Inmate trustee program reviewed
April 13, 2010
The Moffat County inmate trustee program, which allows inmates to work off sentence time and give back to the community, has been successful in the past, but it recently encountered hiccups, Sheriff Tim Jantz said.
Jantz, along with area officials and department directors, met Monday at the Moffat County Public Safety Center to address inmate program violations.
Violations included inmate use of banned items on trustee work sites, inappropriate inmate behavior and department director supervision of working inmates.
The trustee program allows eligible inmates to work for various county departments and non-profit organizations such as the Craig Cemetery, the Moffat County Fairgrounds or Loudy-Simpson Park, among others. It allows the inmates to work as many as 15 days off their sentence per month.
"Most of the inmates do get some satisfaction on giving back," Jantz said after the meeting. "One, they get good time. Two, they get to interact with everyday citizens in the community and see the good side of life, actually feel some self worth and give something back."
However, problems recently have surfaced stemming from county department heads not being able to supervise inmates at all times, Jantz said.
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Inmates, when not being watched as guidelines require, have gained access to tobacco and alcohol, or conducted inappropriate behavior, the sheriff said.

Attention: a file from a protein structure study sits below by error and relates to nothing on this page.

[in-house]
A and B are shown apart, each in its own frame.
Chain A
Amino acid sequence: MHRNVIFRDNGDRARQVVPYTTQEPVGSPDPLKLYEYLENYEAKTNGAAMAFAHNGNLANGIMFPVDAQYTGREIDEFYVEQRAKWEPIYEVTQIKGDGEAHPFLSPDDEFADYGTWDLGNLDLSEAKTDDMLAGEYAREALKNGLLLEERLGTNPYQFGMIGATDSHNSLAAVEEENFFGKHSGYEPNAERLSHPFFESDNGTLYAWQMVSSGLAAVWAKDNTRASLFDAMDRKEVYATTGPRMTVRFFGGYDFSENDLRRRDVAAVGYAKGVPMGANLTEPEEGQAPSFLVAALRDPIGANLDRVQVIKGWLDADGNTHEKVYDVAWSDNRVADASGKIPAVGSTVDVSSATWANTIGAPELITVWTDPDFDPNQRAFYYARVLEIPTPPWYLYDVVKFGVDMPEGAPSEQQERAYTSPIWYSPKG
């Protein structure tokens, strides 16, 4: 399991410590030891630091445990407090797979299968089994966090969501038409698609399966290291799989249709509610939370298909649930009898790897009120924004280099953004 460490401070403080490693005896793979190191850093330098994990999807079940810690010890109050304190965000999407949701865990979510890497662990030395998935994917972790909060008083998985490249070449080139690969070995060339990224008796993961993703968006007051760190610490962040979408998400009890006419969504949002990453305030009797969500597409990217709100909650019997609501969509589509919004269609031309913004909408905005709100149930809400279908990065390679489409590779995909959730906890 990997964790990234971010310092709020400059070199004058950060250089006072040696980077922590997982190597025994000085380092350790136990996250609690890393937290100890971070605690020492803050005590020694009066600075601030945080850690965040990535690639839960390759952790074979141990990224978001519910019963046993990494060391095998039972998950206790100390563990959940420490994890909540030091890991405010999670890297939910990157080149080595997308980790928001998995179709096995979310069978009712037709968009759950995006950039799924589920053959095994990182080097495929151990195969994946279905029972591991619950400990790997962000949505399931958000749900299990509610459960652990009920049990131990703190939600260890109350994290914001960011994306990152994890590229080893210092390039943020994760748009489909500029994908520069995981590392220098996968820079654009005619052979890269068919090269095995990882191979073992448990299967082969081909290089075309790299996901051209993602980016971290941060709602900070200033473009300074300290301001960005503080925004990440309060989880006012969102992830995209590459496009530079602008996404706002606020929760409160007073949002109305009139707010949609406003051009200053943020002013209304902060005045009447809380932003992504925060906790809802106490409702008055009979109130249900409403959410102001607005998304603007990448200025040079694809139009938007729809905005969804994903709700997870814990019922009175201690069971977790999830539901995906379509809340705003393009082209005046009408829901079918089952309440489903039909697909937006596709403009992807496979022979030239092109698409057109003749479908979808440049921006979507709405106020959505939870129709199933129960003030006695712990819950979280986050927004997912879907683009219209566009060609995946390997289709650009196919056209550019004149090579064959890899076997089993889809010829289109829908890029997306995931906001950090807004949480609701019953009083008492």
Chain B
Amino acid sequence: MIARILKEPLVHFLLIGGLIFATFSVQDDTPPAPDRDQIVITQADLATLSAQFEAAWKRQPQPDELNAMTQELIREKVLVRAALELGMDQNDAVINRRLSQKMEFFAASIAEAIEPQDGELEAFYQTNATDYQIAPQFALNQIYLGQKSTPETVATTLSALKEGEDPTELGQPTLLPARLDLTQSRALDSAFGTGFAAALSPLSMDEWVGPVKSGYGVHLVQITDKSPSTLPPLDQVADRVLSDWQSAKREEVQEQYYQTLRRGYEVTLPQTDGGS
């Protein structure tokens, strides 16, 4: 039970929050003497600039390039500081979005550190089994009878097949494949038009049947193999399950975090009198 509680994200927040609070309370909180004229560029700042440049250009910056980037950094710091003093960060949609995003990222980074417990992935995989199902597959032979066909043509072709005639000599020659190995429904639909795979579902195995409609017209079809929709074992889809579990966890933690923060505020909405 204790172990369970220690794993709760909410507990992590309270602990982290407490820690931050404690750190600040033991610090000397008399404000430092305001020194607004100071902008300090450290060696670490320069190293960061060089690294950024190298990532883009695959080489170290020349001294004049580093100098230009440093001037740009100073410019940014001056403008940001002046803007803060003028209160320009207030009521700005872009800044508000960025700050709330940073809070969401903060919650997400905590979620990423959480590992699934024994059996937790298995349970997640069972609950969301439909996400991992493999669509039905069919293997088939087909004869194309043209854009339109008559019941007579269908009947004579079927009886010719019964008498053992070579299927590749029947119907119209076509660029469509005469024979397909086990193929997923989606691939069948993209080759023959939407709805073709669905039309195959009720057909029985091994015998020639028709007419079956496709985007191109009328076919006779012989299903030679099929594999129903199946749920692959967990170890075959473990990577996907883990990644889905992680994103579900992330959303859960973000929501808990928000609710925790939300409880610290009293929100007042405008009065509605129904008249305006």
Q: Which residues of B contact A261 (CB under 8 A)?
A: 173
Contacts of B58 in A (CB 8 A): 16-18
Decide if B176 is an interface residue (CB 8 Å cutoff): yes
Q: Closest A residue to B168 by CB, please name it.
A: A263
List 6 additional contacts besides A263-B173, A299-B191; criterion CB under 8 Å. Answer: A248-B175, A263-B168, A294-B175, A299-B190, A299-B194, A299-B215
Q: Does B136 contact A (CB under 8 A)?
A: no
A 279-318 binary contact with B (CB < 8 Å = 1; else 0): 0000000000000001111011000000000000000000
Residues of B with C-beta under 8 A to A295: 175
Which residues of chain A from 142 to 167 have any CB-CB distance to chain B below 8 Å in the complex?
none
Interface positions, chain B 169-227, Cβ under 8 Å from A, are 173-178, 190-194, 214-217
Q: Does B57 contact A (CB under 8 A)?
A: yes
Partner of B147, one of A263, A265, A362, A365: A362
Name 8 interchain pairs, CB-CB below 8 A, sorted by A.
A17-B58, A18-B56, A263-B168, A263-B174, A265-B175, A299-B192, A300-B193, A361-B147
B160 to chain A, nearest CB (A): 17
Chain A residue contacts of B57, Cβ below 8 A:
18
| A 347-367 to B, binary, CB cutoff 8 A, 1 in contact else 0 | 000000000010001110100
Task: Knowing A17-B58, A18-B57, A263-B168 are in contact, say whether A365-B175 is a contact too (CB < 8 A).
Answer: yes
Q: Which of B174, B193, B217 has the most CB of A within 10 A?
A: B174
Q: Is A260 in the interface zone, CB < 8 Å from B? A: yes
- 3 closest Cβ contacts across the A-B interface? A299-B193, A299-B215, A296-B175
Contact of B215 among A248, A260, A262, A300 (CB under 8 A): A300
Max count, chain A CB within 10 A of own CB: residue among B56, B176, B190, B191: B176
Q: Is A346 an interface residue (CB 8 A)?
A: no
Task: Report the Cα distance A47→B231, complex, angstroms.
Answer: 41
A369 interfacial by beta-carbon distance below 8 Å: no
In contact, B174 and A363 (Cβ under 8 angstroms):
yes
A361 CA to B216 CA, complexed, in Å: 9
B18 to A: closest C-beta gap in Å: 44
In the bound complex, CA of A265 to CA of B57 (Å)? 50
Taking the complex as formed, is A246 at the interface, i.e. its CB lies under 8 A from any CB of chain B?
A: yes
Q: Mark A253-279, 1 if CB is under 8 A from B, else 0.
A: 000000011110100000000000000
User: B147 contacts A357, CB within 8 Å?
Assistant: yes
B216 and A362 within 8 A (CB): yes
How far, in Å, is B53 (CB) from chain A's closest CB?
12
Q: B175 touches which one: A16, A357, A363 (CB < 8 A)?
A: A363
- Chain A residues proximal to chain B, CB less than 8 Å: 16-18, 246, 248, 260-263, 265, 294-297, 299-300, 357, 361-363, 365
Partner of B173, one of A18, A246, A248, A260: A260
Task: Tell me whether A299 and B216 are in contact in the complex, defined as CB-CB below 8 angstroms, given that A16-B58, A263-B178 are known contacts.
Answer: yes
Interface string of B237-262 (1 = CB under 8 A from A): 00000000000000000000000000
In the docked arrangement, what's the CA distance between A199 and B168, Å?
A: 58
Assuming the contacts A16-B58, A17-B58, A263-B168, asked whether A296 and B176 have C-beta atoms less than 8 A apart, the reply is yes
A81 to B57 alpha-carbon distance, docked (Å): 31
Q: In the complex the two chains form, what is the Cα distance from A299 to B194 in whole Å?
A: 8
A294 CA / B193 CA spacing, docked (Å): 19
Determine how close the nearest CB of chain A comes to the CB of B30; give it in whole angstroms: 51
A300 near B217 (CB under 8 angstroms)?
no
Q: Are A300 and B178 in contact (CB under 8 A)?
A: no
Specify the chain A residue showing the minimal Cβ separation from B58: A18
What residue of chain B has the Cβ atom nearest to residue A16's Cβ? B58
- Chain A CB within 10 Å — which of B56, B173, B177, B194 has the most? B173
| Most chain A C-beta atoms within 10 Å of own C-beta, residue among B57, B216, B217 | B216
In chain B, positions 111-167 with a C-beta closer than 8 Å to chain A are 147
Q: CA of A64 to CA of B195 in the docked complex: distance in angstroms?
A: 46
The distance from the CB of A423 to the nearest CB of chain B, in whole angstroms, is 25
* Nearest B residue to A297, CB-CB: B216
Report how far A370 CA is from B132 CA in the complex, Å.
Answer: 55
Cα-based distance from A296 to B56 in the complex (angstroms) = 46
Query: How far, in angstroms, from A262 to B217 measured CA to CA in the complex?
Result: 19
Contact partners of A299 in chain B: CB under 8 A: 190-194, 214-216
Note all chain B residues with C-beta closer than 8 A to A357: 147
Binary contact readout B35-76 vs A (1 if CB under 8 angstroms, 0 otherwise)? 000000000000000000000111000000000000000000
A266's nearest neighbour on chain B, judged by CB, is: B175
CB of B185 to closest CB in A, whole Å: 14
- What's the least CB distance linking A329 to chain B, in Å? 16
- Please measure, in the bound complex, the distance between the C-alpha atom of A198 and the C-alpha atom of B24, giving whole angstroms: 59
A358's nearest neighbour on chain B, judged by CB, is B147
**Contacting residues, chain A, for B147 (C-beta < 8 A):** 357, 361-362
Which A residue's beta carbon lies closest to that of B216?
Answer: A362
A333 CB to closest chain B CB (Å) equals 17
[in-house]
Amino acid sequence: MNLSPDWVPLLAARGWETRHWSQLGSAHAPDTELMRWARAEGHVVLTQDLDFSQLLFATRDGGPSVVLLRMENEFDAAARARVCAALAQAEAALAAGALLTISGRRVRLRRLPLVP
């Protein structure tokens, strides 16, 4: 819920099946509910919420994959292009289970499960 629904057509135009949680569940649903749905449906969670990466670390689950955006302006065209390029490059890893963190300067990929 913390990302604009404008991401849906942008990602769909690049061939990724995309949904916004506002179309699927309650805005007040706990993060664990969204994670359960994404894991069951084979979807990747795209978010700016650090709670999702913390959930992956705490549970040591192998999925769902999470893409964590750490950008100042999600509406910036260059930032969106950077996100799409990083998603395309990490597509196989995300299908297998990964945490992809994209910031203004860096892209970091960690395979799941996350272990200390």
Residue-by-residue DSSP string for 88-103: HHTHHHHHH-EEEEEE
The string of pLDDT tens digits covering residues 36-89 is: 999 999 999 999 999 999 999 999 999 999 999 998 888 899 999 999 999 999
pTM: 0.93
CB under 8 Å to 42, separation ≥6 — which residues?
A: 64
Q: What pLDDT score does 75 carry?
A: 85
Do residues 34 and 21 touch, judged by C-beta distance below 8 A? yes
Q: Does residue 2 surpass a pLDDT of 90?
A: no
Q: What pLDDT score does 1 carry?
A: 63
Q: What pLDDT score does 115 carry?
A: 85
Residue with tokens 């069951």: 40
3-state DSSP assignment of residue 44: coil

Although those incidents are isolated, Jantz said, inmates also are trying to dictate where they are assigned to work, in hopes of getting an easier assignment.
The subject of inmates taking food from or interacting with the community, which is prohibited, also was discussed Monday.
"They're inmates, and they are going to do inmate stuff," Jantz said.
Moffat County commissioner Tom Gray, who organized the meeting after hearing concerns from several departments, said communication is the way to fix the inconsistencies between the Sheriff's Office and department heads.
"I talked to practically everybody afterwards, and they all said, 'What a great deal, we understand now what we need to do,'" Gray said.
Gray agrees with Jantz that the program is a beneficial.
"It is a way for inmates to pay back a little bit, and they get some benefit out of it, too, and it is certainly a benefit to taxpayers," he said.
However, Jantz said the success of the program lies in finding the balance between the "grey areas" of managing the inmates according to the law, and treating them humanely.
"People want to treat people properly, and it is no different with an inmate," he said. "He or she is there to work, and they give them the little perks, just like we do our employees."
"We forget that there are certain guidelines, and we are trying to be kind and courteous and maintain some kind of decorum and treat them humanely but make them compliant."
The program also saves Moffat County money by not having to hire workers to do tasks inmates are assigned to.
"He took from this community," Jantz said referring to inmates in the program. "He has an obligation and a debt to pay back to this community.
"And sometimes when these inmates go out, the people that they are out there helping sometimes lose sight of that. He is not a volunteer; he is not an employee. He is a person that is obligated under statute to work for eight hours a day, whether it is in or outside of this facility, to earn his time, to give back."
Brian Smith can be reached at 875-1794 or email@example.com.